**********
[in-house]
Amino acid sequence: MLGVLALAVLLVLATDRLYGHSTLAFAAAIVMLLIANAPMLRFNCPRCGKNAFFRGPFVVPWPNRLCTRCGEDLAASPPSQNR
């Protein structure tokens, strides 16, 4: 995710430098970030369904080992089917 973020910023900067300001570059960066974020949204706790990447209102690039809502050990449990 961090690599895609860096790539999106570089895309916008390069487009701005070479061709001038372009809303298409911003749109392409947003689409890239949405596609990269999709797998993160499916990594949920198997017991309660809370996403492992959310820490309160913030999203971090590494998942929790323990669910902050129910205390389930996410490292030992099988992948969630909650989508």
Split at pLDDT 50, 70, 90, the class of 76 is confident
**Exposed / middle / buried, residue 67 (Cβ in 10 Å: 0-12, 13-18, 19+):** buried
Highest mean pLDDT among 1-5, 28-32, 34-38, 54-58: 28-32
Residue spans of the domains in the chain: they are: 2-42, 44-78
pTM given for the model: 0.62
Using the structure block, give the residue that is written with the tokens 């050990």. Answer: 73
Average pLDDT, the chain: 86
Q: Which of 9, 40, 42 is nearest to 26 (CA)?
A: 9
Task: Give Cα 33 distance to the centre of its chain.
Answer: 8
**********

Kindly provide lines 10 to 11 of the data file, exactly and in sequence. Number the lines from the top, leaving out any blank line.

Average pLDDT, the chain: 86
Q: Which of 9, 40, 42 is nearest to 26 (CA)?